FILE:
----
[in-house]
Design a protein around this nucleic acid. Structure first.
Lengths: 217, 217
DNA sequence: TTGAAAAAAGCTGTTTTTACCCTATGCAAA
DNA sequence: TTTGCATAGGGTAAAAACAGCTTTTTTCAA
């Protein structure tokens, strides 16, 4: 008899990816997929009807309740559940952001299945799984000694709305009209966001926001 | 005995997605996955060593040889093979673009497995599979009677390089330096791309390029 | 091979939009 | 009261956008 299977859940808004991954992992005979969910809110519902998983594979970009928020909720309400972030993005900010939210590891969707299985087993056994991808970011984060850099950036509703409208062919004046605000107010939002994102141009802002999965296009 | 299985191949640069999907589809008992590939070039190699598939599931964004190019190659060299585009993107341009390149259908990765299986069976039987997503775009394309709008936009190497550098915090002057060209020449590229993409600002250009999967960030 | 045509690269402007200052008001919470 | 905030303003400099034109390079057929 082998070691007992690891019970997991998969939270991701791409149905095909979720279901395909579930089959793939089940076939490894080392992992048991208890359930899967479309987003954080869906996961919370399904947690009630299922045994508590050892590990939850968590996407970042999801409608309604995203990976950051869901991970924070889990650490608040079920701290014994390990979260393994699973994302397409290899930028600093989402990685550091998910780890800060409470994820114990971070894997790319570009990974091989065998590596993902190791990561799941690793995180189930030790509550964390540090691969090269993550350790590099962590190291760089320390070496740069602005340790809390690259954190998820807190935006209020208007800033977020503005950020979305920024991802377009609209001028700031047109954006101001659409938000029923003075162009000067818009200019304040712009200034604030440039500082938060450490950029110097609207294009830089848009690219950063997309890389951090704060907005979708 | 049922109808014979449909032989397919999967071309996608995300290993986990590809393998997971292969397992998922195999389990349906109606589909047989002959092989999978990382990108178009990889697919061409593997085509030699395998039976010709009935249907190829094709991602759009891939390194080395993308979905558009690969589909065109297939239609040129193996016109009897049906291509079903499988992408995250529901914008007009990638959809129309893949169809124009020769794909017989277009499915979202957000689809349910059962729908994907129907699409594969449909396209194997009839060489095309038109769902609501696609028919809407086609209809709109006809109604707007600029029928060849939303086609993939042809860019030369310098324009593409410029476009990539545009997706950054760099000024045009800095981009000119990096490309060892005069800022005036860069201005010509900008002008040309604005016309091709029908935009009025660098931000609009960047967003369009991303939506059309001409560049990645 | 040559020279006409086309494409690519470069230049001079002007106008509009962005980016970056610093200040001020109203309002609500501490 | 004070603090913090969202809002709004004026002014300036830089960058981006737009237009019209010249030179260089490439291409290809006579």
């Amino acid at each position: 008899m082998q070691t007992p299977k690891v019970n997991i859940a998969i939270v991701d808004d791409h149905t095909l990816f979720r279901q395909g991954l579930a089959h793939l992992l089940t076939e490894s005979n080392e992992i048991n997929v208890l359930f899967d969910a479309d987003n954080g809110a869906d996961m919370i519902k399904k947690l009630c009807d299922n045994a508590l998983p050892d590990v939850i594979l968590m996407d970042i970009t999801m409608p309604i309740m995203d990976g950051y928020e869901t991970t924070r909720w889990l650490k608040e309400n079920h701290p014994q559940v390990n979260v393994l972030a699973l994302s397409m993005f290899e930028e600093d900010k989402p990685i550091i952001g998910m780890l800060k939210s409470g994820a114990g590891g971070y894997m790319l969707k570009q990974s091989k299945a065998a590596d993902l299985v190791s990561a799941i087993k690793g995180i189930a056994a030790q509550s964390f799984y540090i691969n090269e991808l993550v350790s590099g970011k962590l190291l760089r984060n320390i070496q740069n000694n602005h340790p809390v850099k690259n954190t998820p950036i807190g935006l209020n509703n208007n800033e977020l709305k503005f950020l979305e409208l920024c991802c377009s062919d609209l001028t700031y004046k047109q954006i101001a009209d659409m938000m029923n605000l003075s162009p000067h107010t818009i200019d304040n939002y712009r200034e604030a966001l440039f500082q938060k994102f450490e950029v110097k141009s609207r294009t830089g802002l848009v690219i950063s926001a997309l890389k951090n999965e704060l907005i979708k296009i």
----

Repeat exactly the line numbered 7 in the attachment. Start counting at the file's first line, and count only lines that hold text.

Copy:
């Amino acid at each position: 008899m082998q070691t007992p299977k690891v019970n997991i859940a998969i939270v991701d808004d791409h149905t095909l990816f979720r279901q395909g991954l579930a089959h793939l992992l089940t076939e490894s005979n080392e992992i048991n997929v208890l359930f899967d969910a479309d987003n954080g809110a869906d996961m919370i519902k399904k947690l009630c009807d299922n045994a508590l998983p050892d590990v939850i594979l968590m996407d970042i970009t999801m409608p309604i309740m995203d990976g950051y928020e869901t991970t924070r909720w889990l650490k608040e309400n079920h701290p014994q559940v390990n979260v393994l972030a699973l994302s397409m993005f290899e930028e600093d900010k989402p990685i550091i952001g998910m780890l800060k939210s409470g994820a114990g590891g971070y894997m790319l969707k570009q990974s091989k299945a065998a590596d993902l299985v190791s990561a799941i087993k690793g995180i189930a056994a030790q509550s964390f799984y540090i691969n090269e991808l993550v350790s590099g970011k962590l190291l760089r984060n320390i070496q740069n000694n602005h340790p809390v850099k690259n954190t998820p950036i807190g935006l209020n509703n208007n800033e977020l709305k503005f950020l979305e409208l920024c991802c377009s062919d609209l001028t700031y004046k047109q954006i101001a009209d659409m938000m029923n605000l003075s162009p000067h107010t818009i200019d304040n939002y712009r200034e604030a966001l440039f500082q938060k994102f450490e950029v110097k141009s609207r294009t830089g802002l848009v690219i950063s926001a997309l890389k951090n999965e704060l907005i979708k296009i």